I readily acknowledge that second entry does not comport with current GAAP.  I am using to illustrate securitization accounting in the context of a highly simplified example.  Having stated that, however, I don't see any reason (although others might) that the accounting for a chopped car should be different than the accounting for a chopped subprime mortgage.  I can't abide mixed-attribute accounting systems, and believe that college-educated professionals should not be adding apples and oranges, much less elevating the error with misleading names like "statement of financial position."

If you can set aside any cavils you might have with respect to my violation of current GAAP, please answer this question for me:  Would you invest in a business whose financial statements were based on journal entries like these? They sure do look legitimate, but common economic sense would dictate that the second journal entry must overstate the real profit on the resale transactions. First, as Kothari and Lester observe in the securitization context, "how is it possible that the sale of an asset originally recorded at one value could generate income and higher asset balances upon merely transferring this asset to another entity?" I suppose one could say that butchering a chicken should add value such that the sum of the parts is greater than the whole chicken. But that's because there's only one way to one way to obtain chicken parts – first, you gotta grow a chicken. However, one doesn't have to manufacture a car just to obtain a spark plug; or to originate a subprime mortgage loan just to create contracts containing a particular pattern of future cash flows.

The second reason indicating that the second journal entry is misleading is that the flawed business model would not be able to earn an economic profit over a full cash-out-cash-in cycle (i.e., buy car Þ chop Þ sell Þ reimburse for defects under warranty). If the engine could actually be sold for $7,000 (and generating an overall profit of at least $2,000), then I'll be a monkey's uncle!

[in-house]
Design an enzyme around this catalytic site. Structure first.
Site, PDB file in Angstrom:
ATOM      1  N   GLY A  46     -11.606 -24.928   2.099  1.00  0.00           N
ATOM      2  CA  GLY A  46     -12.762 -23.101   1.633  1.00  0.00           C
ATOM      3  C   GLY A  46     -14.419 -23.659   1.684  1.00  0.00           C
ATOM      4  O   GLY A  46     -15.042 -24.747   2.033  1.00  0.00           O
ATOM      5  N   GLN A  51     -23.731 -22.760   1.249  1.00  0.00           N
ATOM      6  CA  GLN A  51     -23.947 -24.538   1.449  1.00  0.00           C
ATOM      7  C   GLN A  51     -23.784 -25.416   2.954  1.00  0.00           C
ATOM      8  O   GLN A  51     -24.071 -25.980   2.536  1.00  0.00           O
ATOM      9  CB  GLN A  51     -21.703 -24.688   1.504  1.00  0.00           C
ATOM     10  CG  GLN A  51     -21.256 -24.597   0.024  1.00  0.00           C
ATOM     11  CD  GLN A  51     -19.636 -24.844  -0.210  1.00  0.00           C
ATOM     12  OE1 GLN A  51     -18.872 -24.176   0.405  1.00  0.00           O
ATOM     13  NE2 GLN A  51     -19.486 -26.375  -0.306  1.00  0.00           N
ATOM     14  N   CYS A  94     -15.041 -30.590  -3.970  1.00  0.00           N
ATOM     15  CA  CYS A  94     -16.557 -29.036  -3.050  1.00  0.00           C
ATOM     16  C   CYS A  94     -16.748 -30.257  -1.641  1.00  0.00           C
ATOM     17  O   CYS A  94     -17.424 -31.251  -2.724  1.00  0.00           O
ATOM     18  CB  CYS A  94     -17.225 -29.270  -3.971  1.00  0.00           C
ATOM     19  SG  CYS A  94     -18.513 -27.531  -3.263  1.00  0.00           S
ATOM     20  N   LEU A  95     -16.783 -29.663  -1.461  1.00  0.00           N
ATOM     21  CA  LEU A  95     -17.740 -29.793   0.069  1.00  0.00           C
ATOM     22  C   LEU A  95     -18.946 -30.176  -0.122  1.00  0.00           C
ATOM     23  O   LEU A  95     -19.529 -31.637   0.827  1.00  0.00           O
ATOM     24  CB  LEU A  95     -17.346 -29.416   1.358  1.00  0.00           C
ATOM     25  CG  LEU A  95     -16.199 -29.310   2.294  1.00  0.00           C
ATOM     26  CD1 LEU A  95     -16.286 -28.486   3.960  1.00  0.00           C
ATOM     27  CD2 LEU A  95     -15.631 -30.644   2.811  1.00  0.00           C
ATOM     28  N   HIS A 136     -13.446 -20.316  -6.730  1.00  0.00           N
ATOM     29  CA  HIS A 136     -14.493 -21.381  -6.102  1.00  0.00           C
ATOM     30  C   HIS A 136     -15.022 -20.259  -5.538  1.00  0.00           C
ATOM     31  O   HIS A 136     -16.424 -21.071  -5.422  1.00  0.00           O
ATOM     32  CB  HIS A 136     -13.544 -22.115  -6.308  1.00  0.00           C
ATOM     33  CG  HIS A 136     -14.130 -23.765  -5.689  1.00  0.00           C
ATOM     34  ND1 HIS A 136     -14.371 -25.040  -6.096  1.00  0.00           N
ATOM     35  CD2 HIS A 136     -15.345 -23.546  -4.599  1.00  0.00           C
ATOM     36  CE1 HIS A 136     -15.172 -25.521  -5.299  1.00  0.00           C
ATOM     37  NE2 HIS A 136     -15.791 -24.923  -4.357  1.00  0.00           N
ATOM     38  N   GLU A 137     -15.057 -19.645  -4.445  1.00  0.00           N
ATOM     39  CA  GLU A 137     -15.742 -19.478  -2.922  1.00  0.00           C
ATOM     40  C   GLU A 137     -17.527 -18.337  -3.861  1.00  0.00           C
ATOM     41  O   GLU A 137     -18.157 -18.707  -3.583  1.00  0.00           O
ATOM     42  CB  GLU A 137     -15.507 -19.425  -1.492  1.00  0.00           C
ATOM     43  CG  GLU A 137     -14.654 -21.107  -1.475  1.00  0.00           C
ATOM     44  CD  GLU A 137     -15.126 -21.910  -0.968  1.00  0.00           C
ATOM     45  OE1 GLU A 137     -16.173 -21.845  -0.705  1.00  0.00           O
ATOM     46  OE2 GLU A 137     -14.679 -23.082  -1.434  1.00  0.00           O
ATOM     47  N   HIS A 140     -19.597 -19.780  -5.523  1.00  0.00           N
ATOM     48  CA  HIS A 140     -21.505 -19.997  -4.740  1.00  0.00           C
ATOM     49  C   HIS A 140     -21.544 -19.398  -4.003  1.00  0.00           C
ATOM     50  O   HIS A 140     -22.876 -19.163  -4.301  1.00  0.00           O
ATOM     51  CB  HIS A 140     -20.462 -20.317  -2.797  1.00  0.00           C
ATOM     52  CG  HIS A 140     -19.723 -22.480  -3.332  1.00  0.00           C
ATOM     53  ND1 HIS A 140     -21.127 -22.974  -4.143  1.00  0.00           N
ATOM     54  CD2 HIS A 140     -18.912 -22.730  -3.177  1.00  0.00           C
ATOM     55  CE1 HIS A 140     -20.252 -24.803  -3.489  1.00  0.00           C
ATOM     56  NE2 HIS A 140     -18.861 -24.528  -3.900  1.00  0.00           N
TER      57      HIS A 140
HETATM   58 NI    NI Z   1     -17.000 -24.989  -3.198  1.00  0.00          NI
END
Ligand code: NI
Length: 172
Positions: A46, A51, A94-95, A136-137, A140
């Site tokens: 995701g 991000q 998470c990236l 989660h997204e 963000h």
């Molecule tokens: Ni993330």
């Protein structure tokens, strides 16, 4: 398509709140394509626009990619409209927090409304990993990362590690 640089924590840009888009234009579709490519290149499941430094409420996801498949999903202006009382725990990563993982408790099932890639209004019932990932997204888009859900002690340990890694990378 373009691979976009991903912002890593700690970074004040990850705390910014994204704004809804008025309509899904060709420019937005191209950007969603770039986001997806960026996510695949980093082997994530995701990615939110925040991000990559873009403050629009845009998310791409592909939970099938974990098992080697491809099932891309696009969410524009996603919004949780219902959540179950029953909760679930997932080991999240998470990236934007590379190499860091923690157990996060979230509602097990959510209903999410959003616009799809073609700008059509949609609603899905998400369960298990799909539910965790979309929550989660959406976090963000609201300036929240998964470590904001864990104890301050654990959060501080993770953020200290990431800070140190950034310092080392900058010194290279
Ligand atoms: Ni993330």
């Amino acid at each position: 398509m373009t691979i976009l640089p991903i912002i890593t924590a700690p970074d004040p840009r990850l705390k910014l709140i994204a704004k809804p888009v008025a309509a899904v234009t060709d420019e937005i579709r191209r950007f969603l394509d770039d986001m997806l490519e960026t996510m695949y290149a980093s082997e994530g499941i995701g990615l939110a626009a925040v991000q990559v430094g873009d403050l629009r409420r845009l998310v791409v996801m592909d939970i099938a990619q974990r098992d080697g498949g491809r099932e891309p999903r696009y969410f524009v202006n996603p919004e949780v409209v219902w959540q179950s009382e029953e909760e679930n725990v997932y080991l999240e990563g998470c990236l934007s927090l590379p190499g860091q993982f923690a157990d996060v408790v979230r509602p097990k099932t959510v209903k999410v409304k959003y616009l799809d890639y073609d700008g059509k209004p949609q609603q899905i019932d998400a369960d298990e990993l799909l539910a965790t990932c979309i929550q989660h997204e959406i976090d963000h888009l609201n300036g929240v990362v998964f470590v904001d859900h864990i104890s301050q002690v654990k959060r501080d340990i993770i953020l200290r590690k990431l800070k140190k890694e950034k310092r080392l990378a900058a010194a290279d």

The Lessons for the Future

In order to determine whether a better accounting is feasible, we need to be able to identify the sources of overstated income. With respect to both the car parts example and securitizations, overstated income could be the result of any of the following:

  1. Kothari/Lester do not refer to this explicitly, but the most subtle and important aspect of the problem, in my view, is the unavoidable change in the 'unit of account' from the original asset (e.g., car, subprime loan) to the retained portions (e.g., engine; or in the case of securitizations, a servicing asset, and the right to residual cash flows). For example, erroneous accounting will occur because the values of the components of the car will not exactly sum to the pre-chopped value of the car itself; it doesn't matter how one chooses to measure value.
  2. The appropriateness of the basis of measurement for the retained assets: such as historic cost, fair value or replacement cost.
  3. Given a basis of measurement, biased measurement of the assets retained (which auditors fail to correct). Kothari/Lester surmise that this is the most significant source of overstated income.
  4. Unrecognized or understated liabilities (e.g., a warranty obligation on the car parts, or a written put option for underperforming loans).

As to mitigating these sources, I have provided my two cents on #3, the biased estimate problem in a number of posts, the latest of which is here. Regulators have tried over and over again to make incremental improvements to auditing standards, with no perceived help in increasing the public's confidence that auditors can play a significant role in averting a large-scale financial crisis. It is time to abandon any notion that: management can provide unbiased estimates of value; and/or that auditors are intellectually capable or even inclined to provide a independent and knowledgeable assessments of management's estimates.

Therefore, when financial statements require estimates of current values and uncertain future events, these estimates should be produced by third parties – i.e., neither management, nor the auditor. The auditor's role should be limited to:

  • Verification of the components of financial statements that can be verified.
  • Verification of the inputs to current valuations that can be objectively measured, and hence, verified.
  • Verifying that third party experts charged with measuring current values and expectations of future events have performed the procedures they said they would perform.